One of the problems of putting out first drafts, I have come to discover, is that my brain doesn’t always think about telling a story in a linear manner and jogging a bunch of memories makes more of them come up. I probably should have given a bit more background on the formation of Pinky yesterday.
Jeff and I became friends just after senior year of high school. I knew who he was, and we had some friends in common, but during school, we had not connected for some reason or another. I’d like to think we would have been positive influences on each other had we met earlier, but that’s probably wishful thinking. In those days, I was mainly a positive influence in front of parents and teachers.
We met, though, during a trip to Rocky Point and bonded over beers and chasing girls and a mutually beneficial sense of humor that allowed us to be what we thought was clever and others probably found a bit caustic and probably annoying. I was leaving for the army, though, so we lost touch for the several months of that situation. When I got home, though, and started to get settled into my new pseudo-adult routine, we got reconnected thanks to our mutual friend, Tree, and hilarity and hijinks ensued.
I was learning to play guitar a little bit in those days and Jeff was already a lot farther down that road than I was, so I liked to listen to him play. In the late 80s, I don’t remember us talking about starting a band, but it may have come up. Again, so much beer. We were very gifted in our capacity to drink a lot and still, sort of, function at a social level.
A big part of that equation was Andy, who would later become Drew. Andy/Drew was a frequent visitor to Jeff’s apartment that he shared with a lovely, down to earth, prince of a fellow named Matt. Now nothing I just wrote was true, but it will make him giggle if he ever reads this. Matt was not any of those things except for when it comes to being a prince of a fellow to the people he loves in between successful and failed attempts to “playfully” break their spirit.
I’m kidding, again, sort of, and if you know Matt, you know what I mean. He has many good qualities and he and Jeff were roommates in an apartment over by 48th Street and McDowell. I had initially met Andy at a party when he was living near North High School, so we were acquaintances when I started hanging out a lot at Jeff and Matt’s place.
Eventually, we all moved into what was known as the Polka Dot pad. I think I have mentioned this before, but not in a ton of detail. It’s probably a book in its own right and if it were a TV show, it would have been a combination of Barney Miller, Shameless, 21 Jump Street and Euphoria.
I’m probably giving us too much credit.
We had fun, though, and we were all working at Pizza Hut delivery which was located kitty corner to us. Andy could also play guitar pretty well, but again, I don’t remember us ever talking about starting a band in those days. We probably did, though, considering the copious amount of beer and drugs that flowed through that place.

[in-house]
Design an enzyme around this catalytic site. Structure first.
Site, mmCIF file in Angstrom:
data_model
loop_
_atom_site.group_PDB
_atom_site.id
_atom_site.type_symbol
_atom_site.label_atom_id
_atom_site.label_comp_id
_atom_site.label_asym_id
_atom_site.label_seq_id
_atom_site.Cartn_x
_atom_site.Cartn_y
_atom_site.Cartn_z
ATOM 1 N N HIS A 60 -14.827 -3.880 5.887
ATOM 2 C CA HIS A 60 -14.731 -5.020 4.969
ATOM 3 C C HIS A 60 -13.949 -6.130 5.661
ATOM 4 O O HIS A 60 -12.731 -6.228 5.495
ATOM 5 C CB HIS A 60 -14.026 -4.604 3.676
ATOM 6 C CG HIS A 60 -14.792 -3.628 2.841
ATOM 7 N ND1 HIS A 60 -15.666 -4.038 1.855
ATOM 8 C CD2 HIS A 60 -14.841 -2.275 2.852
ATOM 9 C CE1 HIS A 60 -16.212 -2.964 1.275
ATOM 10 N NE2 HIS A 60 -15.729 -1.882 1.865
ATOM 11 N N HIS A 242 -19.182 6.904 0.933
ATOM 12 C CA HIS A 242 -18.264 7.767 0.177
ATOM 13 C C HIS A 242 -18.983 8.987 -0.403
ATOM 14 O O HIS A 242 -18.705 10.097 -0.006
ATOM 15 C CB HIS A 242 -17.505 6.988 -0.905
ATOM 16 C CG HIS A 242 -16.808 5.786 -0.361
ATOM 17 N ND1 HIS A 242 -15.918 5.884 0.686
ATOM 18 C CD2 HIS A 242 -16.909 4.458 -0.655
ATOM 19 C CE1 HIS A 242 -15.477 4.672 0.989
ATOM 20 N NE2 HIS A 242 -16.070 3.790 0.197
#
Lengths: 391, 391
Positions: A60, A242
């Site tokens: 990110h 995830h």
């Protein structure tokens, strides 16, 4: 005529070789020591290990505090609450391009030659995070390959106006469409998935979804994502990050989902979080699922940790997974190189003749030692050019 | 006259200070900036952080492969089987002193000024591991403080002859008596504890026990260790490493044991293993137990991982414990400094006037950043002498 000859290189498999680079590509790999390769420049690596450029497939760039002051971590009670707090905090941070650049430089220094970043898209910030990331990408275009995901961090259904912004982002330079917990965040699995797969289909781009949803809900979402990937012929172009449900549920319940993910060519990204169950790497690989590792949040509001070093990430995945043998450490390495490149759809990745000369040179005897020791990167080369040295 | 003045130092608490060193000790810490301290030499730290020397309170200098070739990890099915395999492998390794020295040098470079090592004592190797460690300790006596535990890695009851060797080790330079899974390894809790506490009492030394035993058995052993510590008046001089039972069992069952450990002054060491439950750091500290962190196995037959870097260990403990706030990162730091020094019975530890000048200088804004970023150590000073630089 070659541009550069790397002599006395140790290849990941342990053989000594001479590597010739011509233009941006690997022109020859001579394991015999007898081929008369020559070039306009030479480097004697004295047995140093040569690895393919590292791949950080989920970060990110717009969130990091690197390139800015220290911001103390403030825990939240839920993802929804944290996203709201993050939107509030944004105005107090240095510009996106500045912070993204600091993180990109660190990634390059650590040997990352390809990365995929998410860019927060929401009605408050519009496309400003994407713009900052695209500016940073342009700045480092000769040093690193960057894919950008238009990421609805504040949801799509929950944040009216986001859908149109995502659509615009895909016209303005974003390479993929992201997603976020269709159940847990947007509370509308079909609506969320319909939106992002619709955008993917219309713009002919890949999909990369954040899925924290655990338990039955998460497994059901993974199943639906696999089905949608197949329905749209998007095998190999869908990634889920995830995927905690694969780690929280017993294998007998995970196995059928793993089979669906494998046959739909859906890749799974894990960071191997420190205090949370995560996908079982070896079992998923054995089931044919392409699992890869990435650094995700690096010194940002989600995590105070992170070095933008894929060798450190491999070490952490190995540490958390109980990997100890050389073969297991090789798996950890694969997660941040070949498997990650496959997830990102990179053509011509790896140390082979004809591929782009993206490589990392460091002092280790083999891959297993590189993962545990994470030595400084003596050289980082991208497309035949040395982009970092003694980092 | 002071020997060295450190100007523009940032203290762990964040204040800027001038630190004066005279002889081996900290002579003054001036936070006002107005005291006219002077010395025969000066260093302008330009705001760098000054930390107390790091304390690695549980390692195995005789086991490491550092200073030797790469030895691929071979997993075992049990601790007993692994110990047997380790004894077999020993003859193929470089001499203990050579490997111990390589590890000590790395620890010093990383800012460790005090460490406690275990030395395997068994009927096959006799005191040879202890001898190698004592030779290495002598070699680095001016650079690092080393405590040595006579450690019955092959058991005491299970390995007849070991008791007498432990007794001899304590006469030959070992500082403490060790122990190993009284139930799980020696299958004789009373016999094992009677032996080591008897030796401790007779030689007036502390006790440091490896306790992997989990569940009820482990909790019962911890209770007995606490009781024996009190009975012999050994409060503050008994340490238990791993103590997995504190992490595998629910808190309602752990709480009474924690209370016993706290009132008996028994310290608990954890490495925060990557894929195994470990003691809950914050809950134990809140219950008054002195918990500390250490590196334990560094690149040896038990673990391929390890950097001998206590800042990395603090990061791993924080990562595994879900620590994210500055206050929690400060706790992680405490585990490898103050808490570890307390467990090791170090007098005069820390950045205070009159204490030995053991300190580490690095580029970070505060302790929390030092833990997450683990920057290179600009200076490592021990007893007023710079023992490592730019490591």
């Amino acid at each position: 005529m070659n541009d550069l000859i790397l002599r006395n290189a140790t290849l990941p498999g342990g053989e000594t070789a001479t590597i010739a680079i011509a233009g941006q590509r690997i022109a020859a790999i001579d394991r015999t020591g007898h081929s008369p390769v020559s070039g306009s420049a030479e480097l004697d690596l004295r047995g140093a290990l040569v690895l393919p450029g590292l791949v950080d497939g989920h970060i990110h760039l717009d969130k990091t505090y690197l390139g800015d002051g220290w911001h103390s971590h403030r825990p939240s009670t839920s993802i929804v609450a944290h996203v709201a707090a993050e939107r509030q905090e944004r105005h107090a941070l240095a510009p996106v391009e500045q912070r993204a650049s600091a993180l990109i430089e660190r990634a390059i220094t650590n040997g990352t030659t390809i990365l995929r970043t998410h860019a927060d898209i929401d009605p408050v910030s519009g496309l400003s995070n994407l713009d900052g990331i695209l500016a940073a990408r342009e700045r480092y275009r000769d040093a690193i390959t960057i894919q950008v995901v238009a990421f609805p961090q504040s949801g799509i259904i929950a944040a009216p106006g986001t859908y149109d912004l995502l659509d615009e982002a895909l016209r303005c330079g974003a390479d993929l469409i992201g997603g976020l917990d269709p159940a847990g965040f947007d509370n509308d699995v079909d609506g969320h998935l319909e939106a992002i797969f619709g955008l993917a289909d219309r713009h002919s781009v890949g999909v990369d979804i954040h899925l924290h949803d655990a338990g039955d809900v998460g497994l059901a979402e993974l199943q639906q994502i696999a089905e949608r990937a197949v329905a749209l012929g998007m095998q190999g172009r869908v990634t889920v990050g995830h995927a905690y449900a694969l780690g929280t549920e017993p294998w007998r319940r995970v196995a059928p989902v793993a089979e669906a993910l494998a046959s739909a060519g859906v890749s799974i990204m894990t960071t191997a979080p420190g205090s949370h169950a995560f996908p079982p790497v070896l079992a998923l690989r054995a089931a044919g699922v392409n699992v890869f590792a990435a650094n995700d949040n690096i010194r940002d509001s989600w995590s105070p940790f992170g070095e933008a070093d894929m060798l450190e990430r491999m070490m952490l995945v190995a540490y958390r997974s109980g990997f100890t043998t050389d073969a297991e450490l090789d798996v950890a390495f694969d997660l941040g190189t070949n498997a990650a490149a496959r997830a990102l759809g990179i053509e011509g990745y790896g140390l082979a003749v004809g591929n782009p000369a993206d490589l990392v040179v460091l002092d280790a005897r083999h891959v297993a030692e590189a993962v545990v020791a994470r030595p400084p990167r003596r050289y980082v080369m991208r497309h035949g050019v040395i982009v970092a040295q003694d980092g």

Andy moved back to Seattle, though, where his mom lived in 1988 and was there for a good long while. This is when he transitioned into “Drew” and we all had to get used to a new name. While he was there, he played in a band called Mericans and got some good gear which came back to Phoenix with him when he returned in the late 90s.
Jeff and Lance had met through working together, I believe, and Jeff brought Lance into the fold of our friendship. We all loved Lance from the get-go as he is just a really good dude. All the things I said about Matt, mockingly, truly apply to Lance. As I mentioned yesterday, Jeff and Lance started getting serious about doing a band and were acquiring some good gear to do it, so it wasn’t hard to take them seriously.
I wish I had a better recollection of our first jams. We practiced in the Al-Ray lamp factory showroom over by the Hisco banks in Tempe. Some of you might remember Hisco. I think they probably still exist and if they do, they are probably still a bust, but I digress. The showroom was long and kind of narrow and we were surrounded by the types of lamps you see in hotel rooms.
My ex-inlaws were interesting people who made a lot of very uninteresting lamps, but it provided them with a nice living, I think. They certainly were very good to my son, Ryan, and very good to me for letting me practice in the factory. I think they kind of got a kick out of it, to be honest.
The main thing I remember about those early practices, as I mentioned yesterday, was just having a ton of fun. I remember having conversations with my ex-wife where she would insinuate that we were just making an excuse to spend more time together drinking beer because I would regularly come home with a nice buzz from Pinky practice. She was partially right, I suppose, but whatever. We were also making some fun music.
The one thing no one could deny when we started playing was that we were fun. For me, it was really refreshing to be in a “fun” band. While I had fun doing Hillbilly, it wasn’t ever really my goal for the audience to have fun. That was counterproductive, for sure, but I liked a lot of bands that also didn’t seem to give two shits if the audience was having fun or not, so I figured it was the way to go.
With Pinky, though, we wanted to let the crowd in on the fun we were having and it worked really well for a long time.
See you tomorrow.
This was Halloween in 2002 or 2003, I'm guessing, probably 2002. Maybe someone else can help me remember. Eric is obscured in the picture, which is the bane of many drummers.